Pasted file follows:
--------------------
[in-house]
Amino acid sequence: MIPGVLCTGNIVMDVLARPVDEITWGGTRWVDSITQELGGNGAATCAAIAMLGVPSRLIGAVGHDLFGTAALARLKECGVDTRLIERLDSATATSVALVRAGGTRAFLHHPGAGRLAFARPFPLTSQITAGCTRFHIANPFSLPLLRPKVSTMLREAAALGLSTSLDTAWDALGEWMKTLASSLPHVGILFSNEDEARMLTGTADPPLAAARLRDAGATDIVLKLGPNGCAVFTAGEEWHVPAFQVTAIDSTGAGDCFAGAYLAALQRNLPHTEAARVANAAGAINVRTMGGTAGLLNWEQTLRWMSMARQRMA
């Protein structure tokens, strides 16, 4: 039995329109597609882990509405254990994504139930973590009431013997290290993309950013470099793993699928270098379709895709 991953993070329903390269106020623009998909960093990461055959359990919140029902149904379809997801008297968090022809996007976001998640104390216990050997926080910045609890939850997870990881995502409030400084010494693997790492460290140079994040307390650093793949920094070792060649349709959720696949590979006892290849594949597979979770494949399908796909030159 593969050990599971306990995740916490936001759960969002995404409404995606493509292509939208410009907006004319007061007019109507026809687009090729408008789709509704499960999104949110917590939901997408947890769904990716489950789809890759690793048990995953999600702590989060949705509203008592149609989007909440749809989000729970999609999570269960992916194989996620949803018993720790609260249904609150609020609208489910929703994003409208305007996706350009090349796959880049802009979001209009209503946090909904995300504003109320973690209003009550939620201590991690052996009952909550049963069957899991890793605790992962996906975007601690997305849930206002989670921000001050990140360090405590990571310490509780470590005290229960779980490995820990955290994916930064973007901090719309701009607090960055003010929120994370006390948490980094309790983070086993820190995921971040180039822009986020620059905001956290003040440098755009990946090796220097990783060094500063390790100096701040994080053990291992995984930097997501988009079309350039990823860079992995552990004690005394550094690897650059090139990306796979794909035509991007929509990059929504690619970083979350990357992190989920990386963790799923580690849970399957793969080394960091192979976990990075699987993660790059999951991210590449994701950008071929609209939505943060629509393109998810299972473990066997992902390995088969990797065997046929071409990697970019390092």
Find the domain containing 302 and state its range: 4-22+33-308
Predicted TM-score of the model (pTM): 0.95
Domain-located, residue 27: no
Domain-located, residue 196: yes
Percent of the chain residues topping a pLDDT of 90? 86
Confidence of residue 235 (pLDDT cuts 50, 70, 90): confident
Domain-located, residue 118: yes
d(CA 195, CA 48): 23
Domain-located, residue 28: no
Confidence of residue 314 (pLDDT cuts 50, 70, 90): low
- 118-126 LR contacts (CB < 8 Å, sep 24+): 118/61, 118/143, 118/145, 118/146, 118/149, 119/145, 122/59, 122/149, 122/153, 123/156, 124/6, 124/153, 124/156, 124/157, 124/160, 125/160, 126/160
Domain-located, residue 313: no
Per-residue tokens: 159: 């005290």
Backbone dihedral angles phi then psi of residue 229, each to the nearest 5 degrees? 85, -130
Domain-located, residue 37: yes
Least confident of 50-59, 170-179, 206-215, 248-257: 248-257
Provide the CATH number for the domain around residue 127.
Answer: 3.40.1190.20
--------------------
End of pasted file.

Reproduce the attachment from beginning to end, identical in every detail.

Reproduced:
[in-house]
Amino acid sequence: MIPGVLCTGNIVMDVLARPVDEITWGGTRWVDSITQELGGNGAATCAAIAMLGVPSRLIGAVGHDLFGTAALARLKECGVDTRLIERLDSATATSVALVRAGGTRAFLHHPGAGRLAFARPFPLTSQITAGCTRFHIANPFSLPLLRPKVSTMLREAAALGLSTSLDTAWDALGEWMKTLASSLPHVGILFSNEDEARMLTGTADPPLAAARLRDAGATDIVLKLGPNGCAVFTAGEEWHVPAFQVTAIDSTGAGDCFAGAYLAALQRNLPHTEAARVANAAGAINVRTMGGTAGLLNWEQTLRWMSMARQRMA
């Protein structure tokens, strides 16, 4: 039995329109597609882990509405254990994504139930973590009431013997290290993309950013470099793993699928270098379709895709 991953993070329903390269106020623009998909960093990461055959359990919140029902149904379809997801008297968090022809996007976001998640104390216990050997926080910045609890939850997870990881995502409030400084010494693997790492460290140079994040307390650093793949920094070792060649349709959720696949590979006892290849594949597979979770494949399908796909030159 593969050990599971306990995740916490936001759960969002995404409404995606493509292509939208410009907006004319007061007019109507026809687009090729408008789709509704499960999104949110917590939901997408947890769904990716489950789809890759690793048990995953999600702590989060949705509203008592149609989007909440749809989000729970999609999570269960992916194989996620949803018993720790609260249904609150609020609208489910929703994003409208305007996706350009090349796959880049802009979001209009209503946090909904995300504003109320973690209003009550939620201590991690052996009952909550049963069957899991890793605790992962996906975007601690997305849930206002989670921000001050990140360090405590990571310490509780470590005290229960779980490995820990955290994916930064973007901090719309701009607090960055003010929120994370006390948490980094309790983070086993820190995921971040180039822009986020620059905001956290003040440098755009990946090796220097990783060094500063390790100096701040994080053990291992995984930097997501988009079309350039990823860079992995552990004690005394550094690897650059090139990306796979794909035509991007929509990059929504690619970083979350990357992190989920990386963790799923580690849970399957793969080394960091192979976990990075699987993660790059999951991210590449994701950008071929609209939505943060629509393109998810299972473990066997992902390995088969990797065997046929071409990697970019390092």
Find the domain containing 302 and state its range: 4-22+33-308
Predicted TM-score of the model (pTM): 0.95
Domain-located, residue 27: no
Domain-located, residue 196: yes
Percent of the chain residues topping a pLDDT of 90? 86
Confidence of residue 235 (pLDDT cuts 50, 70, 90): confident
Domain-located, residue 118: yes
d(CA 195, CA 48): 23
Domain-located, residue 28: no
Confidence of residue 314 (pLDDT cuts 50, 70, 90): low
- 118-126 LR contacts (CB < 8 Å, sep 24+): 118/61, 118/143, 118/145, 118/146, 118/149, 119/145, 122/59, 122/149, 122/153, 123/156, 124/6, 124/153, 124/156, 124/157, 124/160, 125/160, 126/160
Domain-located, residue 313: no
Per-residue tokens: 159: 């005290």
Backbone dihedral angles phi then psi of residue 229, each to the nearest 5 degrees? 85, -130
Domain-located, residue 37: yes
Least confident of 50-59, 170-179, 206-215, 248-257: 248-257
Provide the CATH number for the domain around residue 127.
Answer: 3.40.1190.20